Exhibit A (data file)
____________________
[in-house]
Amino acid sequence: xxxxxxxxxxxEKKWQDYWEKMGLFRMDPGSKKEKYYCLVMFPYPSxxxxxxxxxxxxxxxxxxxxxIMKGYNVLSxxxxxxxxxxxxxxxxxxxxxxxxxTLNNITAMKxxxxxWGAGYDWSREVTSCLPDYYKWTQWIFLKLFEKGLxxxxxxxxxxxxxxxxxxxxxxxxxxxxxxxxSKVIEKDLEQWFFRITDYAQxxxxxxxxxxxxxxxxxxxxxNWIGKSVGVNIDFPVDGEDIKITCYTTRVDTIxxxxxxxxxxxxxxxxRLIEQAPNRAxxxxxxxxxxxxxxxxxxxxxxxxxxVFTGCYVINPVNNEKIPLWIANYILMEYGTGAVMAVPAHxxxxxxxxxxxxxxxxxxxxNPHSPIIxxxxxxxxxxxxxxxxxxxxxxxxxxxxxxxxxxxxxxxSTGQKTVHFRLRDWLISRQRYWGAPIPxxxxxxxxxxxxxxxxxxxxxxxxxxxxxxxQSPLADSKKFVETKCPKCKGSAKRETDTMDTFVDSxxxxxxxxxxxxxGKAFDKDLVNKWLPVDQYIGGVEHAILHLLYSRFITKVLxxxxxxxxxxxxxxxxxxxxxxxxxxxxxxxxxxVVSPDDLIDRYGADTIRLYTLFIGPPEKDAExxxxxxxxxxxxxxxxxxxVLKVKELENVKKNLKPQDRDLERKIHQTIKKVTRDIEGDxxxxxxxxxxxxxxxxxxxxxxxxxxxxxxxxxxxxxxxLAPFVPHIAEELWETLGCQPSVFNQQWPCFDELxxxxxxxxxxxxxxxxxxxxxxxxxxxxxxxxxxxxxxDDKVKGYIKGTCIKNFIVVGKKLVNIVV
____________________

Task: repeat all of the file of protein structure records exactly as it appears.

[in-house]
Amino acid sequence: xxxxxxxxxxxEKKWQDYWEKMGLFRMDPGSKKEKYYCLVMFPYPSxxxxxxxxxxxxxxxxxxxxxIMKGYNVLSxxxxxxxxxxxxxxxxxxxxxxxxxTLNNITAMKxxxxxWGAGYDWSREVTSCLPDYYKWTQWIFLKLFEKGLxxxxxxxxxxxxxxxxxxxxxxxxxxxxxxxxSKVIEKDLEQWFFRITDYAQxxxxxxxxxxxxxxxxxxxxxNWIGKSVGVNIDFPVDGEDIKITCYTTRVDTIxxxxxxxxxxxxxxxxRLIEQAPNRAxxxxxxxxxxxxxxxxxxxxxxxxxxVFTGCYVINPVNNEKIPLWIANYILMEYGTGAVMAVPAHxxxxxxxxxxxxxxxxxxxxNPHSPIIxxxxxxxxxxxxxxxxxxxxxxxxxxxxxxxxxxxxxxxSTGQKTVHFRLRDWLISRQRYWGAPIPxxxxxxxxxxxxxxxxxxxxxxxxxxxxxxxQSPLADSKKFVETKCPKCKGSAKRETDTMDTFVDSxxxxxxxxxxxxxGKAFDKDLVNKWLPVDQYIGGVEHAILHLLYSRFITKVLxxxxxxxxxxxxxxxxxxxxxxxxxxxxxxxxxxVVSPDDLIDRYGADTIRLYTLFIGPPEKDAExxxxxxxxxxxxxxxxxxxVLKVKELENVKKNLKPQDRDLERKIHQTIKKVTRDIEGDxxxxxxxxxxxxxxxxxxxxxxxxxxxxxxxxxxxxxxxLAPFVPHIAEELWETLGCQPSVFNQQWPCFDELxxxxxxxxxxxxxxxxxxxxxxxxxxxxxxxxxxxxxxDDKVKGYIKGTCIKNFIVVGKKLVNIVV